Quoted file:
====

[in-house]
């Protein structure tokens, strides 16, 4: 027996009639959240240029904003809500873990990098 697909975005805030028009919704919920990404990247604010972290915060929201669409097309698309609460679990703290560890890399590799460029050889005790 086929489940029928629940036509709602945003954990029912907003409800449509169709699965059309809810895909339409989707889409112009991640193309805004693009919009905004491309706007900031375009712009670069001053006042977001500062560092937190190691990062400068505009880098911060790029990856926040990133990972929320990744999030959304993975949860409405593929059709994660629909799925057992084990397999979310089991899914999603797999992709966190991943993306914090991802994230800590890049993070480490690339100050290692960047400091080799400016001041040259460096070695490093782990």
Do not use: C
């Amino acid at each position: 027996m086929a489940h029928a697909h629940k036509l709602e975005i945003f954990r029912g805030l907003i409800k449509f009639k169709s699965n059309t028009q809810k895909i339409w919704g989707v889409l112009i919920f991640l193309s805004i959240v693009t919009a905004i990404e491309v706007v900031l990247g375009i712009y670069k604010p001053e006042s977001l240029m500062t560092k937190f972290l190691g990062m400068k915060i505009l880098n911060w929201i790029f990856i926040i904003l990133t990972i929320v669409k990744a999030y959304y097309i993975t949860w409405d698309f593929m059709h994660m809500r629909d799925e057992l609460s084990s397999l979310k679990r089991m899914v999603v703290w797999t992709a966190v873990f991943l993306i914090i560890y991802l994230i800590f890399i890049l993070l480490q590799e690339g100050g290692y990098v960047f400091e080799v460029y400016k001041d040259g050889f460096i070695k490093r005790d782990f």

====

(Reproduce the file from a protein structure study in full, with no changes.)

[in-house]
């Protein structure tokens, strides 16, 4: 027996009639959240240029904003809500873990990098 697909975005805030028009919704919920990404990247604010972290915060929201669409097309698309609460679990703290560890890399590799460029050889005790 086929489940029928629940036509709602945003954990029912907003409800449509169709699965059309809810895909339409989707889409112009991640193309805004693009919009905004491309706007900031375009712009670069001053006042977001500062560092937190190691990062400068505009880098911060790029990856926040990133990972929320990744999030959304993975949860409405593929059709994660629909799925057992084990397999979310089991899914999603797999992709966190991943993306914090991802994230800590890049993070480490690339100050290692960047400091080799400016001041040259460096070695490093782990």
Do not use: C
């Amino acid at each position: 027996m086929a489940h029928a697909h629940k036509l709602e975005i945003f954990r029912g805030l907003i409800k449509f009639k169709s699965n059309t028009q809810k895909i339409w919704g989707v889409l112009i919920f991640l193309s805004i959240v693009t919009a905004i990404e491309v706007v900031l990247g375009i712009y670069k604010p001053e006042s977001l240029m500062t560092k937190f972290l190691g990062m400068k915060i505009l880098n911060w929201i790029f990856i926040i904003l990133t990972i929320v669409k990744a999030y959304y097309i993975t949860w409405d698309f593929m059709h994660m809500r629909d799925e057992l609460s084990s397999l979310k679990r089991m899914v999603v703290w797999t992709a966190v873990f991943l993306i914090i560890y991802l994230i800590f890399i890049l993070l480490q590799e690339g100050g290692y990098v960047f400091e080799v460029y400016k001041d040259g050889f460096i070695k490093r005790d782990f």